A soft bow is where the rear foot is moved forward and you’re on the ball of the foot. The back knee is bent and the center of gravity as a result is lower but still evenly distributed front to back.

    I believe it’s tracy terminology.
    interesting, never heard that before.
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    Default Re: Kenpo "travel steps" (footwork)?

    Quote Originally Posted by jdinca View Post
    That’s actually terminology we used in the system I studied in.

    A hard bow would be a forward bow where the center of gravity is moved back so your weight is evenly distributed on both feet.

    A soft bow is where the rear foot is moved forward and you’re on the ball of the foot. The back knee is bent and the center of gravity as a result is lower but still evenly distributed front to back.

    I believe it’s Tracy terminology.
    Just curious here, why would it be a "forward" bow if you are not forward? correct me if I am wrong here but the fwd bow has a distribution of 60/40 and neutral bow 50/50.... the soft bow I have heard of and use in freestyle but it was referred to as a "tiger stance" but still a 50/50 weight distribution. This was done more for mobility than lowering of the center of gravity.
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    Default Kenpo "travel steps" (footwork)?

    It’s not a forward bow. The stance is basically the same as the forward bow but the weight distribution is 50/50, not 60/40, hence the difference in terminology.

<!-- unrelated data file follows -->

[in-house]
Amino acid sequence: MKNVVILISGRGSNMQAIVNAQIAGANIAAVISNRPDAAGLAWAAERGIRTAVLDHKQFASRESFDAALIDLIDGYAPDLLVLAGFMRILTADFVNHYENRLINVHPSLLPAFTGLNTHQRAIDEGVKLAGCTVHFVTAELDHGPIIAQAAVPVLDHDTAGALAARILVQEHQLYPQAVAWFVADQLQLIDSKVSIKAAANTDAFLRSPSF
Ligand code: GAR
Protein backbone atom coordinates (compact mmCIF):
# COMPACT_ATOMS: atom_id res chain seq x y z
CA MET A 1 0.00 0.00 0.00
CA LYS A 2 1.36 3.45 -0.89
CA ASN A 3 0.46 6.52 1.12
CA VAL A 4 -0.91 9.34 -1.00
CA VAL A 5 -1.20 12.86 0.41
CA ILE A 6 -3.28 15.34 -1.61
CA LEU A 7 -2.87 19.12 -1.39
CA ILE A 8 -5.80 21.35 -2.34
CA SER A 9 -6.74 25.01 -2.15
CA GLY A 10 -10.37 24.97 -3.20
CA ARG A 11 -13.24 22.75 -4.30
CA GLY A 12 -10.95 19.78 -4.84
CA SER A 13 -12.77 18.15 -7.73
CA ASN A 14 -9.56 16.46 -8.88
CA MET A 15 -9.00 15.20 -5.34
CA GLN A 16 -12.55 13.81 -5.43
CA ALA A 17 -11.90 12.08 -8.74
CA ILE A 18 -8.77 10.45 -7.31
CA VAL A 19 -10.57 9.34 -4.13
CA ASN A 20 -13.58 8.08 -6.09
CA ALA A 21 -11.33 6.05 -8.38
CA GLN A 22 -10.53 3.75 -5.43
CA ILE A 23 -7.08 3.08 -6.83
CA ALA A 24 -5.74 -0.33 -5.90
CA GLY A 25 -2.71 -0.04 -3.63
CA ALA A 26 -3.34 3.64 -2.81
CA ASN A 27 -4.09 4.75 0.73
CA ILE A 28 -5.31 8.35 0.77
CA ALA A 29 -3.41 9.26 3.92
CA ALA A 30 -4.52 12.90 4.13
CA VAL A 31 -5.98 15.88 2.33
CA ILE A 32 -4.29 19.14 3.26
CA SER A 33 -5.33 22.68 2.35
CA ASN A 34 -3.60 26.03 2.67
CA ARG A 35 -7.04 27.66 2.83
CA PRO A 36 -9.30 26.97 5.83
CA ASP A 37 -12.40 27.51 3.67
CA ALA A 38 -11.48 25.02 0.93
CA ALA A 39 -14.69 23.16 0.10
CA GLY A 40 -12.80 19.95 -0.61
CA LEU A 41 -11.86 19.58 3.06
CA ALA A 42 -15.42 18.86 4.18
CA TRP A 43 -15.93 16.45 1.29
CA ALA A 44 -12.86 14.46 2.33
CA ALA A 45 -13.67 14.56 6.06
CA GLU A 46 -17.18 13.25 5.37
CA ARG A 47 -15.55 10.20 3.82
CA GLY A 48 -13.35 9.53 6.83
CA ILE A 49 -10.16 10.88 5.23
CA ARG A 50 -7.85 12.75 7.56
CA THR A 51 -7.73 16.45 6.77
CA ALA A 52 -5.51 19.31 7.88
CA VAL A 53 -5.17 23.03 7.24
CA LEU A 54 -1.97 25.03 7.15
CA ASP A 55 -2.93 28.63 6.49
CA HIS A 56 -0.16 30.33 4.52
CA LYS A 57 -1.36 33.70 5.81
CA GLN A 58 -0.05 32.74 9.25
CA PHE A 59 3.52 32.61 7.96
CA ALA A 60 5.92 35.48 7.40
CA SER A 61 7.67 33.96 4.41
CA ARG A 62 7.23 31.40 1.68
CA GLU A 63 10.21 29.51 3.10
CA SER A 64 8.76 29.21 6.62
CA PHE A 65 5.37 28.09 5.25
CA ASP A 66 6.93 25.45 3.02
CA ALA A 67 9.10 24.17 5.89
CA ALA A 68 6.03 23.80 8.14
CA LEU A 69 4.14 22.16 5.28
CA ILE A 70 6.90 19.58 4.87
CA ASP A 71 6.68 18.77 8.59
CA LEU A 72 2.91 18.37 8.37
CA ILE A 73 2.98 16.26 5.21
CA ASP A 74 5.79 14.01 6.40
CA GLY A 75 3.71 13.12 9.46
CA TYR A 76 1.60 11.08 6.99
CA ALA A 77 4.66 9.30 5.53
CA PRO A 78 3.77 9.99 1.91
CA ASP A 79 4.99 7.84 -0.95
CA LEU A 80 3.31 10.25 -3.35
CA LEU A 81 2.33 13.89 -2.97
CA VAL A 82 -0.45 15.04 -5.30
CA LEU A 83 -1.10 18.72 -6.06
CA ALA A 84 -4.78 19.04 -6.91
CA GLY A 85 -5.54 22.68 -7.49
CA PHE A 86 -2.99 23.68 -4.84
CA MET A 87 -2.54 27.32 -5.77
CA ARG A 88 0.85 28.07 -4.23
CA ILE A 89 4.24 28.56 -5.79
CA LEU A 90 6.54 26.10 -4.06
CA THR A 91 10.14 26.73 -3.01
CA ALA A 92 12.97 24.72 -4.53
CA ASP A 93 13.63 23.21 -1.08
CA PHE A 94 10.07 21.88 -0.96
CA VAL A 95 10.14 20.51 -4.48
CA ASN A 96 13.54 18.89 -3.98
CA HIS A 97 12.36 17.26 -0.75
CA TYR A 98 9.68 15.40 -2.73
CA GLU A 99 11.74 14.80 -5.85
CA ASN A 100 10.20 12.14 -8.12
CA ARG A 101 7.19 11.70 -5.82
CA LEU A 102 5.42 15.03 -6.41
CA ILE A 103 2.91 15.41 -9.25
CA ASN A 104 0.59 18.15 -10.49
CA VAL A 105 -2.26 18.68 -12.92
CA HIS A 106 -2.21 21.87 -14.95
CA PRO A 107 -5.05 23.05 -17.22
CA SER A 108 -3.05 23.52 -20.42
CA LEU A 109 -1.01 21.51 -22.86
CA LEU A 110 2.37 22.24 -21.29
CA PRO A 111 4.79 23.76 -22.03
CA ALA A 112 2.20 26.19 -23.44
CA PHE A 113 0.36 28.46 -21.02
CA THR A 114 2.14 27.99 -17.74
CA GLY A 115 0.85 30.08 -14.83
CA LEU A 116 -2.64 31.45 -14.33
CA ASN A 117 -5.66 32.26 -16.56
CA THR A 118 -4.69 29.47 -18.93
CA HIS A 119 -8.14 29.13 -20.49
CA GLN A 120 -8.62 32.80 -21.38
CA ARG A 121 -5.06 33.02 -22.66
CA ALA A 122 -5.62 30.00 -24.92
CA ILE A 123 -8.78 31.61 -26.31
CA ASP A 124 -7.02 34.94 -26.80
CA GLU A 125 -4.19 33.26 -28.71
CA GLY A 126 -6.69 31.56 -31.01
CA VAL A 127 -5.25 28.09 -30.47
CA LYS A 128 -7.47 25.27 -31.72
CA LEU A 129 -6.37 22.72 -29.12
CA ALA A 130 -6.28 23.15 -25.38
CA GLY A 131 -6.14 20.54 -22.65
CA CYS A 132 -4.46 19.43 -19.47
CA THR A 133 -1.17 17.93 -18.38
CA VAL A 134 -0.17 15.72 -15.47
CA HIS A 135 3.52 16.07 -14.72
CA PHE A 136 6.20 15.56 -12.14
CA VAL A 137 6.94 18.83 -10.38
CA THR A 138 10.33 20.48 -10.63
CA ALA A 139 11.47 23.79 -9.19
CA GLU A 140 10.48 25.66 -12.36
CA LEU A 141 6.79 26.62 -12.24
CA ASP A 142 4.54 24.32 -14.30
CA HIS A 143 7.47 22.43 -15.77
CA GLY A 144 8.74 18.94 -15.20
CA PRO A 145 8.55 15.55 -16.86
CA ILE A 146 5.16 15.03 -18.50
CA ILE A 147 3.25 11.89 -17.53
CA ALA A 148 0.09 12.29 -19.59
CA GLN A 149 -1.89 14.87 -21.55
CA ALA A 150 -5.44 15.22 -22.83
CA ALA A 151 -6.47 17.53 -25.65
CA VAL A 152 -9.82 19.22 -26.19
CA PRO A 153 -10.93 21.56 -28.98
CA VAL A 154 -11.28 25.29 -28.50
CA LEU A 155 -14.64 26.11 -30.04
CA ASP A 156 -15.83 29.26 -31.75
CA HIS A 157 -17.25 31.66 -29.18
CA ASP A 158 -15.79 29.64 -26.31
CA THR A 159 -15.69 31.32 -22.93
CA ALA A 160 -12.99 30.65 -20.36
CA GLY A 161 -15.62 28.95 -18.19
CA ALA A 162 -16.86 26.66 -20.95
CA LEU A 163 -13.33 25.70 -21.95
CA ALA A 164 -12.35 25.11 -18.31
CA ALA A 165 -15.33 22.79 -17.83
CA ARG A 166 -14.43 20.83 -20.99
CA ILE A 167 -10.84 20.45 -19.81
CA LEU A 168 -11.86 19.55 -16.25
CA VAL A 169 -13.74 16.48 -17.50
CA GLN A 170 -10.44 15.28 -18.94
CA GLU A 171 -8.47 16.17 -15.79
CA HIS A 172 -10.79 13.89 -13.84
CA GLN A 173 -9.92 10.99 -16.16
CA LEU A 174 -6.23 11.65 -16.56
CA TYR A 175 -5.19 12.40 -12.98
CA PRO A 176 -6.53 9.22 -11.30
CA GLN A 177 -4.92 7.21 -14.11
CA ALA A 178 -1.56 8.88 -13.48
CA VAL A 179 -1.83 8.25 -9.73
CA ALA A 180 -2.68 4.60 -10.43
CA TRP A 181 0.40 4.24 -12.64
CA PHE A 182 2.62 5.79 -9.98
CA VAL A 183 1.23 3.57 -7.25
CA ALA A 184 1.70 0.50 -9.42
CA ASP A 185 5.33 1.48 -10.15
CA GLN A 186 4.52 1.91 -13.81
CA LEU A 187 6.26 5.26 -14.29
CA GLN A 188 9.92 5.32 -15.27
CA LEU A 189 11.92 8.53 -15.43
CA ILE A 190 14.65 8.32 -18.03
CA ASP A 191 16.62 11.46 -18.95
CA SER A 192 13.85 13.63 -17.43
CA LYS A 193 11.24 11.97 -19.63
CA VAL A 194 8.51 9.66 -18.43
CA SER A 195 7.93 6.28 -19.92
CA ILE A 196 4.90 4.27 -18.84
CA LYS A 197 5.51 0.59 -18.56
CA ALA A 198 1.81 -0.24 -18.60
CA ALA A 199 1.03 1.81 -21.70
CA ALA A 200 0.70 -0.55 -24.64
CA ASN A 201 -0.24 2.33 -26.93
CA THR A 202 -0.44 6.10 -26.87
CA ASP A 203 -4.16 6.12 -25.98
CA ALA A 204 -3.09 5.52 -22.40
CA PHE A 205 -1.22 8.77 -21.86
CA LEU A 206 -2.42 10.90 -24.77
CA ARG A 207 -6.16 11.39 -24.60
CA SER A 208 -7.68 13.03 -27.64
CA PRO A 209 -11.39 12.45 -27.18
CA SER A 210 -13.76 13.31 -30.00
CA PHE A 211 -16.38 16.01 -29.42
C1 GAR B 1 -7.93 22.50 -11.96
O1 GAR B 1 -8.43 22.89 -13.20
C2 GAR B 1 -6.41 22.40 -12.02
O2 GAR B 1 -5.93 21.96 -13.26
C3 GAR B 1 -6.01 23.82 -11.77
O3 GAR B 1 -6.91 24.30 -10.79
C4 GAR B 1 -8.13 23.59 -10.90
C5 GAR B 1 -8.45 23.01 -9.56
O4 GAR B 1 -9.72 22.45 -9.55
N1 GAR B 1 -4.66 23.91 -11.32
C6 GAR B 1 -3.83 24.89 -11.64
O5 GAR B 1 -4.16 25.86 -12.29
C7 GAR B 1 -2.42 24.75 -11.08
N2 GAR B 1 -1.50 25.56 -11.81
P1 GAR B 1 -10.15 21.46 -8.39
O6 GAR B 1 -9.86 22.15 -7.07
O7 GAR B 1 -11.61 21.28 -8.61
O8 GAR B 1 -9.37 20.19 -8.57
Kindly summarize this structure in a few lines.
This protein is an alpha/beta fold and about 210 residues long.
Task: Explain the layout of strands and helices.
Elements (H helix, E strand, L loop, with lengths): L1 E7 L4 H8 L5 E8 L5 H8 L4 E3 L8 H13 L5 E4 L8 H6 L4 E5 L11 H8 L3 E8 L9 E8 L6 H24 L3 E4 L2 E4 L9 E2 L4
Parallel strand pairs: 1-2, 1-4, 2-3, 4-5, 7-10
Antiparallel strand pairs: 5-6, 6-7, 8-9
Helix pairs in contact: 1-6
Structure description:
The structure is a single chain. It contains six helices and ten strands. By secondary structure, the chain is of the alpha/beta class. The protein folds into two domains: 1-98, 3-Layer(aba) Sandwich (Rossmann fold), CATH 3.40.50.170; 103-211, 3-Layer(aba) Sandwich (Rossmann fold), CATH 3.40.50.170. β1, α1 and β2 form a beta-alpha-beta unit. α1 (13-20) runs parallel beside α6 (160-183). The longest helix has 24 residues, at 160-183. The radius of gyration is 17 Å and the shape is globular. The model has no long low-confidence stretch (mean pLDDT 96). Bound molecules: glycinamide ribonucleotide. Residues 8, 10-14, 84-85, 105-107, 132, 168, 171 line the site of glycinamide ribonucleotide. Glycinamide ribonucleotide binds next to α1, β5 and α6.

Be careful what you say, some may take it the wrong way.

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    Default Re: Kenpo "travel steps" (footwork)?

    Quote Originally Posted by sumdumguy View Post
    Just curious here, why would it be a "forward" bow if you are not forward? correct me if I am wrong here but the fwd bow has a distribution of 60/40 and neutral bow 50/50.... the soft bow I have heard of and use in freestyle but it was referred to as a "tiger stance" but still a 50/50 weight distribution. This was done more for mobility than lowering of the center of gravity.
    I agree and it highlights the importance of terminology in structure and the teaching process. Mr. Parker always told me terminology should be as much as possible descriptive of what it was attempting to convey in some manner, or at the very least metaphoric as in technique names. A "forward bow" that is not "forward" belies that fact. But this is why discussions are so important. If not for this exchange, I would have never known that there are some who have a "forward bow" that is not used in a "forward" manner in execution. And to be clear, as long as the people who are supposed to know the difference do, it doesn't matter, but I just got smarter. Thanks for that.